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Prague recalls as the tulip unleashed the first bankruptcy stock of Europe

KCBA News
March 19, 2014 2:47 pm

Prague, Mar 19 (Entravision) .- The tulip as a symbol of the eastern sensuality, the expiration of the time and the luxury is the subject of a sample in Prague, a city which came into Europe this flower of Persia that unleashed such fascination that caused the first bankruptcy stock in the Old Continent in the seventeenth century.

“The dawn of spring in the royal gardens: Tulips and vases in the Prague Castle”, it is a sample that lasts until Sunday and that it is ephemeral since their protagonists are those colorful flowers and appreciated.

In the exhibition in the gardens of the Prague Castle is reminiscent of a tradition that started in the Prague court at the time of King Ferdinand I Of Bohemia (1503-1564), born in Alcalá de Henares (Madrid) .

The show includes some actual collections of vases and bowls made of glass, alabaster, majolica and stone, and that appear decorated with tulips, which are exhibited fifty kinds.

“This time, at the beginning of the spring, something more moist and with temperatures of up to 10 or 15 degrees, is ideal for that flourish the tulip,” explains to Efe Ivan Dobrovodsky, gardener of the Castle.

have been grown here, in the elegant conservatory style empire, from bulbs brought from Holland, the European country where is more deeply rooted plant native to Persia.

and that is that Ottoman sultans as Fatih Mehmed II the Conqueror (1432-1481), Suleyman the Magnificent (14994-1566) or Selim II (1524-1574) They were great admirers of tulips.

“On the initiative of the Ottoman rulers, its envoys gathered 300,000 wild tulips of the Black Sea area. Was the basis of the improvement efforts to achieve colors and more varied ways”, explained the author of the sample, Jaroslav Sojka.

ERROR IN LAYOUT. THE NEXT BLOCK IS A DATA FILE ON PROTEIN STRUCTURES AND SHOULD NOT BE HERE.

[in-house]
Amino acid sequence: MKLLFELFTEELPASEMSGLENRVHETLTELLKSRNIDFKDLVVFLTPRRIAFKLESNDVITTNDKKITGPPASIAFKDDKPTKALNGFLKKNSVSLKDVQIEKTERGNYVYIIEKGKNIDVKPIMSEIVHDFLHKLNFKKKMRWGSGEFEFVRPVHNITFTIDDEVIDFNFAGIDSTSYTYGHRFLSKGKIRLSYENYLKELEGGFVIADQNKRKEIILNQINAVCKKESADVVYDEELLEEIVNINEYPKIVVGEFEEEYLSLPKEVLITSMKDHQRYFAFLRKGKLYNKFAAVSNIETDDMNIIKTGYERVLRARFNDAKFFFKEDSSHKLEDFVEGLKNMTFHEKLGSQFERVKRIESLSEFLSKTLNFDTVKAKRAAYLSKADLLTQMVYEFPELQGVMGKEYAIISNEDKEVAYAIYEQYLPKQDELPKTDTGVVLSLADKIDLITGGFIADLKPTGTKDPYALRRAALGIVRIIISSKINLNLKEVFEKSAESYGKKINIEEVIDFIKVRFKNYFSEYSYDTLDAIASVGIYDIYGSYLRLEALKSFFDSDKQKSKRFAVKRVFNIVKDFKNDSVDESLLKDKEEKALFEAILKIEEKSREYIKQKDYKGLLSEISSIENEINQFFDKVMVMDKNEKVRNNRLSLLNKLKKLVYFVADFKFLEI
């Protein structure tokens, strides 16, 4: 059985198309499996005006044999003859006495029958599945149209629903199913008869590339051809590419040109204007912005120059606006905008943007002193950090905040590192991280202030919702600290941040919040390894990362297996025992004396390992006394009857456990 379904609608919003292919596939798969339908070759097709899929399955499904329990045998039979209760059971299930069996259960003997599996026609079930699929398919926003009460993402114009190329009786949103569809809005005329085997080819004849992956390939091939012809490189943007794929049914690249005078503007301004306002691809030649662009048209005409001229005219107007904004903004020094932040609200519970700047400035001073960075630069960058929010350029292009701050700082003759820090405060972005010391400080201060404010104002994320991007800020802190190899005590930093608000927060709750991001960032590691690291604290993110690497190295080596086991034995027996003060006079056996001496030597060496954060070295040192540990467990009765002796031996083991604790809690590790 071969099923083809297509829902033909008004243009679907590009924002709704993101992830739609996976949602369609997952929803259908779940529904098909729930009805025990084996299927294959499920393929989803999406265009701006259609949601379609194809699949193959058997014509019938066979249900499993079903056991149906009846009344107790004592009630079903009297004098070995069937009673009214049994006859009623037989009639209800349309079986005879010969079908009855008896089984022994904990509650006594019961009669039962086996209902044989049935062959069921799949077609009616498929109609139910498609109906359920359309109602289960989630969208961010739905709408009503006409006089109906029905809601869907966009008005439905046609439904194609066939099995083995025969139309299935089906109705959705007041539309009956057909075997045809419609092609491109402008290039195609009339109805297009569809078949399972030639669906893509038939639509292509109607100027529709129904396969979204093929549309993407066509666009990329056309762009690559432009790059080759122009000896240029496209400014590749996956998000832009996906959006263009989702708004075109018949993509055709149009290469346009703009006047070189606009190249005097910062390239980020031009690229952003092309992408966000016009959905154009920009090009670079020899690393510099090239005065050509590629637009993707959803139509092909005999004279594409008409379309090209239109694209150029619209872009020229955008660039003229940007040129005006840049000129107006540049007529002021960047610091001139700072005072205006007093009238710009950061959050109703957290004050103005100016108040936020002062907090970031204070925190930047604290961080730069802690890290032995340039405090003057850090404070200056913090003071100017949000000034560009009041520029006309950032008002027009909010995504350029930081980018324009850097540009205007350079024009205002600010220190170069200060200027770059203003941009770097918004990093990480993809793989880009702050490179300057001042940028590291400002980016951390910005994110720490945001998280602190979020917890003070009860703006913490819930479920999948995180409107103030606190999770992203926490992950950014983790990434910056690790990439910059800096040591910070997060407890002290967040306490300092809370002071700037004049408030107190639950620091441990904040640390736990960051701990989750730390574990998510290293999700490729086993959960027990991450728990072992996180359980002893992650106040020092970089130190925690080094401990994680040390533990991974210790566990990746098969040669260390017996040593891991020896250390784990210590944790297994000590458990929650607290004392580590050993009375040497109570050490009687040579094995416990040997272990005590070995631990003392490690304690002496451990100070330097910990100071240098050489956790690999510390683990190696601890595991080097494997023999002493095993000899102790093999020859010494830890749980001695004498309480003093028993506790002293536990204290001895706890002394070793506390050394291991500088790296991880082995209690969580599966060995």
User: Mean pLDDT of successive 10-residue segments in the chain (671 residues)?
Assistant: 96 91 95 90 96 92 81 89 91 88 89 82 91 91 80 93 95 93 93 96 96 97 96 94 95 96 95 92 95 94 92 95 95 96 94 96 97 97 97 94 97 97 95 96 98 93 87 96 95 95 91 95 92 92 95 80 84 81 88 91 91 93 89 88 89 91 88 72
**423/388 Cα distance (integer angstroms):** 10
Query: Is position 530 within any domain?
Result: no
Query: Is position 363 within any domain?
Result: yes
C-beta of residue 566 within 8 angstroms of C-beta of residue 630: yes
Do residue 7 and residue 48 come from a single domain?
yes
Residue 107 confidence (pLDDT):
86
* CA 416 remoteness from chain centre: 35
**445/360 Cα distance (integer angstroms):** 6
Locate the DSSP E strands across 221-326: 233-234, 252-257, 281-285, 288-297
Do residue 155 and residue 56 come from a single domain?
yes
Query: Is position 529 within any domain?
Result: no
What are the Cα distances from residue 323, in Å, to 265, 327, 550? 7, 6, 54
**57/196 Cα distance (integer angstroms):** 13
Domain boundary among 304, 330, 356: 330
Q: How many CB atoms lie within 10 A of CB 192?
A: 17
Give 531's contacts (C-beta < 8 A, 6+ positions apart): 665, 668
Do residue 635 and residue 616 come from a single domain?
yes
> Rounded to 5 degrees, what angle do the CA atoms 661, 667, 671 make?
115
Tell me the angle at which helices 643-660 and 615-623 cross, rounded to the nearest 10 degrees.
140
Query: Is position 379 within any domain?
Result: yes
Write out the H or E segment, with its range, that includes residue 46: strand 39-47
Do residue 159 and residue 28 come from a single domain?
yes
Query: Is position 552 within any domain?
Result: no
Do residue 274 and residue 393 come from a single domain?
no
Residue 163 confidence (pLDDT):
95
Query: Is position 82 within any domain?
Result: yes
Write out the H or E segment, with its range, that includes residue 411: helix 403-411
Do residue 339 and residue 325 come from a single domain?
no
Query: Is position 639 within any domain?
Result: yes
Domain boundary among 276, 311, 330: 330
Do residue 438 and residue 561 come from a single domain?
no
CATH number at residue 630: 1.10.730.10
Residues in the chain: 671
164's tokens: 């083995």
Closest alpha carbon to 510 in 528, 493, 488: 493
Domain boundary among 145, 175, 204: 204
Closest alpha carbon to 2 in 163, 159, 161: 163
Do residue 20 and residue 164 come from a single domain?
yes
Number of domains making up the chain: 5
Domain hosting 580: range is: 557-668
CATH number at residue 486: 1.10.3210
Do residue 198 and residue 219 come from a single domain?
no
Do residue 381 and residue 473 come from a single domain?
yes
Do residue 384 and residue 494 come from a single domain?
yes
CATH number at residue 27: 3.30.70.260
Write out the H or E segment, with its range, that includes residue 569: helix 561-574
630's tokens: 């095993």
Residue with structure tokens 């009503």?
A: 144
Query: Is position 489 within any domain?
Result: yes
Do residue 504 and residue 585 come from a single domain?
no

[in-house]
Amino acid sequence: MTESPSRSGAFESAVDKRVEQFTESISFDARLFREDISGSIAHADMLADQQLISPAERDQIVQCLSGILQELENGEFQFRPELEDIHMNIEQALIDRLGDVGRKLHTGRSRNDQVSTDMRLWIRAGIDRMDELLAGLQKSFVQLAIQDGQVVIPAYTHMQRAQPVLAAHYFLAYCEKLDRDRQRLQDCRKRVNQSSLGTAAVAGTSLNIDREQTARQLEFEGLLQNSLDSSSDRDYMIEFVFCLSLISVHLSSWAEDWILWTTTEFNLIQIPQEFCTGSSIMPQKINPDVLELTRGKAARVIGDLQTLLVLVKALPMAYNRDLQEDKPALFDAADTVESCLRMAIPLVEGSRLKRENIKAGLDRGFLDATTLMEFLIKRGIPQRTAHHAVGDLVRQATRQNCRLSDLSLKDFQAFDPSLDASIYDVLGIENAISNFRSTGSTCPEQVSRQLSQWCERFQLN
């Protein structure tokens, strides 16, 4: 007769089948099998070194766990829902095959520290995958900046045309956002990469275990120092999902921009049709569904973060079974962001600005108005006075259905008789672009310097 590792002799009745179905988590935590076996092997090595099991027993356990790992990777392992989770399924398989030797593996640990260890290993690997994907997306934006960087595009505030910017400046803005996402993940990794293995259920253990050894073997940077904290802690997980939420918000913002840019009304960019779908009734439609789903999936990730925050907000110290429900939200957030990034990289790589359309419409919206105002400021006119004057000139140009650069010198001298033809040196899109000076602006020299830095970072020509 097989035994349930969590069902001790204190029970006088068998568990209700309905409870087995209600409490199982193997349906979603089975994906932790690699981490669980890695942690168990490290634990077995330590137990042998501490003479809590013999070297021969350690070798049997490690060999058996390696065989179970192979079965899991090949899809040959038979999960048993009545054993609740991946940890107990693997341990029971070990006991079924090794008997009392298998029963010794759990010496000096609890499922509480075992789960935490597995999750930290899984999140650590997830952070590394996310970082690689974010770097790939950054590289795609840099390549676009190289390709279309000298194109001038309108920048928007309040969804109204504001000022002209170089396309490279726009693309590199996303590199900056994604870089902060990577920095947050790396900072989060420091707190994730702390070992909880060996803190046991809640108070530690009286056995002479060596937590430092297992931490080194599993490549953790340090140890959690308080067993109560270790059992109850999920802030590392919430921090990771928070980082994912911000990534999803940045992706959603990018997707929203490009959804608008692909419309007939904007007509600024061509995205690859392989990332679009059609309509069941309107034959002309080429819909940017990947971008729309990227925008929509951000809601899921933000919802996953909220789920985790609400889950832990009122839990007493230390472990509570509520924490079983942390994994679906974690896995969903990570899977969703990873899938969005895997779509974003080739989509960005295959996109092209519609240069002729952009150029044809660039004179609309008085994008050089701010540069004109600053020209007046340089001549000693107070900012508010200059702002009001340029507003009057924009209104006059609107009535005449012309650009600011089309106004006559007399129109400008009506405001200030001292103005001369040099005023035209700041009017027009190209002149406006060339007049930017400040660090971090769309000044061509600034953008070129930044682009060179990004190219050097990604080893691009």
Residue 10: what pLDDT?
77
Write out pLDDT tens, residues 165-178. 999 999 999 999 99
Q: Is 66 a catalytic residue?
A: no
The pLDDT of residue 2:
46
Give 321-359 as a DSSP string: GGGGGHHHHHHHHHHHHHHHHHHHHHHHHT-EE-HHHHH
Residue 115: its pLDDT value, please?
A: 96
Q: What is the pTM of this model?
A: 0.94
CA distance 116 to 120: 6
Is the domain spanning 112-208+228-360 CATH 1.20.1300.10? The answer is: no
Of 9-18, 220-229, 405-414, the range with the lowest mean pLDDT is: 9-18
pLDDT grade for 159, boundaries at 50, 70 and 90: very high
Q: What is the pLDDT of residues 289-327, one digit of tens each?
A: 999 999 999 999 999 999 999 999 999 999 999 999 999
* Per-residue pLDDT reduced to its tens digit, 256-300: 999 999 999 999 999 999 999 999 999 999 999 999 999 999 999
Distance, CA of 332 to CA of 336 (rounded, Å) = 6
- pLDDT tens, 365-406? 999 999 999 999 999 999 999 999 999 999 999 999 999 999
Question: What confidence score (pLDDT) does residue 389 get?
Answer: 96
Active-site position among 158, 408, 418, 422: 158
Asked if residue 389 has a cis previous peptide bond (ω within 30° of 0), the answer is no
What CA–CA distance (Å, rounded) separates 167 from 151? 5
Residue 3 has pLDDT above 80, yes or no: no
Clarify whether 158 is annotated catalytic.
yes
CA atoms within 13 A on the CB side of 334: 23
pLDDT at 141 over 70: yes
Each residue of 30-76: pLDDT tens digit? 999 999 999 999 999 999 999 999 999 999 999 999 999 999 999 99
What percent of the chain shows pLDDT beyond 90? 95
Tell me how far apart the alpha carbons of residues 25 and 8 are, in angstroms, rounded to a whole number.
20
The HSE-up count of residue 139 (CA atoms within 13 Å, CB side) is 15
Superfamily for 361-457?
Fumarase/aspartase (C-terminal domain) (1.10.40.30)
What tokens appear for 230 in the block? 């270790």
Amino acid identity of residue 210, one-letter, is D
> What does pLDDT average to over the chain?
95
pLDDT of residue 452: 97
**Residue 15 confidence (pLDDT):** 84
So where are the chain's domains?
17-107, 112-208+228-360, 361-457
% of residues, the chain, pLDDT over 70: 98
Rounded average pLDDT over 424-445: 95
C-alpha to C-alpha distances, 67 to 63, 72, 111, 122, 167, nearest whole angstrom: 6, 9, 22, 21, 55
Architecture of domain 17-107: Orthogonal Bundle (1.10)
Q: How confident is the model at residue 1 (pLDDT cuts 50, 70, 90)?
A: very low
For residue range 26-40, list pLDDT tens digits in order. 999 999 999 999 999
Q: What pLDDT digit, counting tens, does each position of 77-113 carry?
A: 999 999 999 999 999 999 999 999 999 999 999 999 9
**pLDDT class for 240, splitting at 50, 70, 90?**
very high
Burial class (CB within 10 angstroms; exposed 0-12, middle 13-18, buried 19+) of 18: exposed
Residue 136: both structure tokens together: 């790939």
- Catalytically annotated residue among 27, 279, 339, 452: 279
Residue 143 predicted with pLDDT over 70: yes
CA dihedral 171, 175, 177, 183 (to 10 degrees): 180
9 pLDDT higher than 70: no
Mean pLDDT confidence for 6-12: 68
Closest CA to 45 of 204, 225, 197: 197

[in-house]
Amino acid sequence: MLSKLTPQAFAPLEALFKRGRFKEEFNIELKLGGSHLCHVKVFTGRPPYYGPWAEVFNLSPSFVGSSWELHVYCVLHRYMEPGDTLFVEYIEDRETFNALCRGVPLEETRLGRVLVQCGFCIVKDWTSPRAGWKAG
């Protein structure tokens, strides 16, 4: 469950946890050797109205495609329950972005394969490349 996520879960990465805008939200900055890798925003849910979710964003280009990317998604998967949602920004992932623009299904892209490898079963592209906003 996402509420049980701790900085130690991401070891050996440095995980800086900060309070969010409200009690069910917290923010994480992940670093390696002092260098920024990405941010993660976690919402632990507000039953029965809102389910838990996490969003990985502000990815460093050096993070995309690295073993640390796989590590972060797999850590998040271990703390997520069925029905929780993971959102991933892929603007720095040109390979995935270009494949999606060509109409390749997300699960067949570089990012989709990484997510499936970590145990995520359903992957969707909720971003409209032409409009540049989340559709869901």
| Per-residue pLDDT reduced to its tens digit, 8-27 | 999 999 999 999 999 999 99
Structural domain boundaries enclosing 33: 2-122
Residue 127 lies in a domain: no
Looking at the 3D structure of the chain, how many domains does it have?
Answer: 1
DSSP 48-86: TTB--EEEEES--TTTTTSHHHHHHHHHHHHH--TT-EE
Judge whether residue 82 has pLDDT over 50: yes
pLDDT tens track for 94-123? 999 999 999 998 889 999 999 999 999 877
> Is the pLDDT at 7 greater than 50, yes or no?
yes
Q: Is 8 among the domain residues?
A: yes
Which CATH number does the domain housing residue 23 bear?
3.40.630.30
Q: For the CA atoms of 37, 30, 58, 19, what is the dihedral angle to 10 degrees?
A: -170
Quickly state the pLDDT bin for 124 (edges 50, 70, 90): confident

This was how the conde Ogier Ghiselin of Busbecq, ambassador of Bohemia in the court of Selim I, came into contact with these exotic plants, which were later described by a European botanical as a “turban upside down” .

In 1554 the ambassador sent to Ghiselin Prague tulips as a gift, together with lilios and alhelies, to decorate their gardens, and in this way “the first tulips in Europe flourished in the Prague Castle”, recalled Sojka.

Carolus priceless, another botanist to the orders of the Emperor Rudolf II Habsburg, was the one who did reach the tulips to Holland, for his academic research at the University of Leyden.

“The fascination of the tulip became ‘tulipanomania’, in a fever or madness by the tulips. This is the name of one of the speculative bubbles oldest in Europe, and which resulted in the first stock market collapse”, also noted the author of the sample.

Sojka recalled that this crisis is unleashed, virulently, in the years 1634-1637 in the Netherlands, where since the beginning of the century began to cross different types of tulips, until it became a very popular flower, in spite of its fragility and ephemeral flowering.

“In the beginning a tulip bulb cost a guilder, and soon the price shot up to 1,000 guilders, and there was a law that protected of the Tulip to the traders, because set prison terms for damaging the bulbs,” said.

also recalled as auctions, bags of Trade contracts for the purchase in the future created an economic sector around the tulips that gave enormous profits to the traders while the price was rising, but that it also unleashed a wave of speculation.

The tulip more expensive of the history was the Semper Augustus red white, by one of whose bulbs was reached in 1636 to pay a whopping 4,600 guilders (about 90,000 euros at current exchange rates), and even “in 1637 it was to change a brewer by three tulip bulbs”, added the expert.

That scenario did not foresee what happened shortly after the bankruptcy of the Amsterdam stock exchange, when the supply began to exceed the demand and the prices are Plunged in a maelstrom of sale that caused bankruptcies, liquidations of goods and serious economic disruptions.

This is the reason that “even the painter Rembrandt had to sell his house,” concluded Sojka.

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